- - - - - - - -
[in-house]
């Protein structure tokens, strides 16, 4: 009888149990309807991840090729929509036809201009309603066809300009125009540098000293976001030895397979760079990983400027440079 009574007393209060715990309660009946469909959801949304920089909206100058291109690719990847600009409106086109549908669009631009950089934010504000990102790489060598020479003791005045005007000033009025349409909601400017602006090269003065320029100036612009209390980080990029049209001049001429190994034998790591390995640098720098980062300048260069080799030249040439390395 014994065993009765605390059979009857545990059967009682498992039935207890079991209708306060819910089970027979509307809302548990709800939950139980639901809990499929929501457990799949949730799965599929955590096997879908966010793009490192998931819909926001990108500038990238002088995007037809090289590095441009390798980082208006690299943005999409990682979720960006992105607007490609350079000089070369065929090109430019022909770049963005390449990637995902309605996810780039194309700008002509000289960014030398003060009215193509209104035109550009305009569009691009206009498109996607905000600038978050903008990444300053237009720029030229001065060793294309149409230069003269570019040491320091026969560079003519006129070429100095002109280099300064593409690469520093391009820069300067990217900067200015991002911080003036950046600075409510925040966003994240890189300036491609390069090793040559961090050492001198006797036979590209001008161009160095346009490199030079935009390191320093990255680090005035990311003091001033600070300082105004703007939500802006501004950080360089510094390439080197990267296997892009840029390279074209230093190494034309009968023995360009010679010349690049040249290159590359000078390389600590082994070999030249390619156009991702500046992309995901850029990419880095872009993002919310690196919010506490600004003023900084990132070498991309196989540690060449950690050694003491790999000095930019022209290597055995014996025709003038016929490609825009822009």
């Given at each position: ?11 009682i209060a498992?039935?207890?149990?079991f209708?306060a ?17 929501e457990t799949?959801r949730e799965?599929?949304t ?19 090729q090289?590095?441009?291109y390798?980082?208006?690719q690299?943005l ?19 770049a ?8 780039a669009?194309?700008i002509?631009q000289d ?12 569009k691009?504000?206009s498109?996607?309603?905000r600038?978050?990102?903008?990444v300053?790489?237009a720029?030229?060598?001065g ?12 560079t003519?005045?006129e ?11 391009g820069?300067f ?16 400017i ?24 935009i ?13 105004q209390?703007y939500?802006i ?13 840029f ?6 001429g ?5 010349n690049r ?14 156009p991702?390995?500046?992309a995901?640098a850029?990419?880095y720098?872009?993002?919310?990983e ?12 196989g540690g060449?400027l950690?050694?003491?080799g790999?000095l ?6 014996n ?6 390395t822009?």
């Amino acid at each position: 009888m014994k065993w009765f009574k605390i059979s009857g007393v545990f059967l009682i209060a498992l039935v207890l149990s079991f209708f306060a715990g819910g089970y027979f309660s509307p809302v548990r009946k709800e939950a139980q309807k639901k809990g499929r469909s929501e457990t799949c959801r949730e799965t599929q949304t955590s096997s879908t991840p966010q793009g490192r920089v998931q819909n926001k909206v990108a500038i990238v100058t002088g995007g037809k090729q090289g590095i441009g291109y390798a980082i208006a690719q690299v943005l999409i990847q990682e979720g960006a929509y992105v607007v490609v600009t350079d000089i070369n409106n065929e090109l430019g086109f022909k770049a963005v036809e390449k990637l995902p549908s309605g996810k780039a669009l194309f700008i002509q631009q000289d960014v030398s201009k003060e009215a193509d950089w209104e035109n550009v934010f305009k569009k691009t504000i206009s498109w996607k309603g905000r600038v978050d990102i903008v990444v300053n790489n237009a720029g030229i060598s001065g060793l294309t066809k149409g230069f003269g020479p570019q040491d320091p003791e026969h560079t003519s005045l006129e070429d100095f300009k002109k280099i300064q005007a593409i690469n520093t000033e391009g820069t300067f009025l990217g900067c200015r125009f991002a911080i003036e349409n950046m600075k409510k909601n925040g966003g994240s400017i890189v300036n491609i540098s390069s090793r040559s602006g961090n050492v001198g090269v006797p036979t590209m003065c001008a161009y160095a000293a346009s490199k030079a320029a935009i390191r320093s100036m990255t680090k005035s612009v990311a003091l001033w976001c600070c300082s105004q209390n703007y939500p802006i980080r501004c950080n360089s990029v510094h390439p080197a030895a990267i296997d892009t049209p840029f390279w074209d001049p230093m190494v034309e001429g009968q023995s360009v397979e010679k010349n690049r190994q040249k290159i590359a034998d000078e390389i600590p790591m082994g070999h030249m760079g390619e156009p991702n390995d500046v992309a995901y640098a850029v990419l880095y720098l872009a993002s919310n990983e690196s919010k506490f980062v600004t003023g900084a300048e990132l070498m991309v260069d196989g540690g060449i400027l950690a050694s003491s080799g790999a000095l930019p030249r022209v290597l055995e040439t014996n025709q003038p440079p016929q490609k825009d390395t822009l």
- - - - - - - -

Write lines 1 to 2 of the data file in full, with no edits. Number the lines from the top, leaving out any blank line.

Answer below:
[in-house]
């Protein structure tokens, strides 16, 4: 009888149990309807991840090729929509036809201009309603066809300009125009540098000293976001030895397979760079990983400027440079 009574007393209060715990309660009946469909959801949304920089909206100058291109690719990847600009409106086109549908669009631009950089934010504000990102790489060598020479003791005045005007000033009025349409909601400017602006090269003065320029100036612009209390980080990029049209001049001429190994034998790591390995640098720098980062300048260069080799030249040439390395 014994065993009765605390059979009857545990059967009682498992039935207890079991209708306060819910089970027979509307809302548990709800939950139980639901809990499929929501457990799949949730799965599929955590096997879908966010793009490192998931819909926001990108500038990238002088995007037809090289590095441009390798980082208006690299943005999409990682979720960006992105607007490609350079000089070369065929090109430019022909770049963005390449990637995902309605996810780039194309700008002509000289960014030398003060009215193509209104035109550009305009569009691009206009498109996607905000600038978050903008990444300053237009720029030229001065060793294309149409230069003269570019040491320091026969560079003519006129070429100095002109280099300064593409690469520093391009820069300067990217900067200015991002911080003036950046600075409510925040966003994240890189300036491609390069090793040559961090050492001198006797036979590209001008161009160095346009490199030079935009390191320093990255680090005035990311003091001033600070300082105004703007939500802006501004950080360089510094390439080197990267296997892009840029390279074209230093190494034309009968023995360009010679010349690049040249290159590359000078390389600590082994070999030249390619156009991702500046992309995901850029990419880095872009993002919310690196919010506490600004003023900084990132070498991309196989540690060449950690050694003491790999000095930019022209290597055995014996025709003038016929490609825009822009």